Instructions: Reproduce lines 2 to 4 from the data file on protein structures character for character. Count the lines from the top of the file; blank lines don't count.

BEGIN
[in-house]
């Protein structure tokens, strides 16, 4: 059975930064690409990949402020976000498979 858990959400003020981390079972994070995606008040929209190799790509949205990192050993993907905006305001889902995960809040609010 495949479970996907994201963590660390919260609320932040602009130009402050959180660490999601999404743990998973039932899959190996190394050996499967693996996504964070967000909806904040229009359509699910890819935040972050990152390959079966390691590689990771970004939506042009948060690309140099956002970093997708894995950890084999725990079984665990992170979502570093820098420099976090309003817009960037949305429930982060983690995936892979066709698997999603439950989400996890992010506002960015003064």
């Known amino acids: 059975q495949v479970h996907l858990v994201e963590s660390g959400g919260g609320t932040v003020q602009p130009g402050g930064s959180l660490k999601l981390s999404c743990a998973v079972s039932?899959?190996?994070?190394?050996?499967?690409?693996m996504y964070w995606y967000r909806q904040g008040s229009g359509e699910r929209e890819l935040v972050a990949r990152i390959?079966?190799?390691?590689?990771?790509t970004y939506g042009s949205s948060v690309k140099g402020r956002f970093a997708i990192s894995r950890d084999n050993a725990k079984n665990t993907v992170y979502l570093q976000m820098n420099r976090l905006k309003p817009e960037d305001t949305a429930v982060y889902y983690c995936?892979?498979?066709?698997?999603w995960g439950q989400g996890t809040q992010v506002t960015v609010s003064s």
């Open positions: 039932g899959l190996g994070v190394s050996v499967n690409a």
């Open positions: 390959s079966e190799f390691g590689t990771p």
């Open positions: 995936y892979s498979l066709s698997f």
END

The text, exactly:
């Protein structure tokens, strides 16, 4: 059975930064690409990949402020976000498979 858990959400003020981390079972994070995606008040929209190799790509949205990192050993993907905006305001889902995960809040609010 495949479970996907994201963590660390919260609320932040602009130009402050959180660490999601999404743990998973039932899959190996190394050996499967693996996504964070967000909806904040229009359509699910890819935040972050990152390959079966390691590689990771970004939506042009948060690309140099956002970093997708894995950890084999725990079984665990992170979502570093820098420099976090309003817009960037949305429930982060983690995936892979066709698997999603439950989400996890992010506002960015003064």
């Known amino acids: 059975q495949v479970h996907l858990v994201e963590s660390g959400g919260g609320t932040v003020q602009p130009g402050g930064s959180l660490k999601l981390s999404c743990a998973v079972s039932?899959?190996?994070?190394?050996?499967?690409?693996m996504y964070w995606y967000r909806q904040g008040s229009g359509e699910r929209e890819l935040v972050a990949r990152i390959?079966?190799?390691?590689?990771?790509t970004y939506g042009s949205s948060v690309k140099g402020r956002f970093a997708i990192s894995r950890d084999n050993a725990k079984n665990t993907v992170y979502l570093q976000m820098n420099r976090l905006k309003p817009e960037d305001t949305a429930v982060y889902y983690c995936?892979?498979?066709?698997?999603w995960g439950q989400g996890t809040q992010v506002t960015v609010s003064s």
């Open positions: 039932g899959l190996g994070v190394s050996v499967n690409a």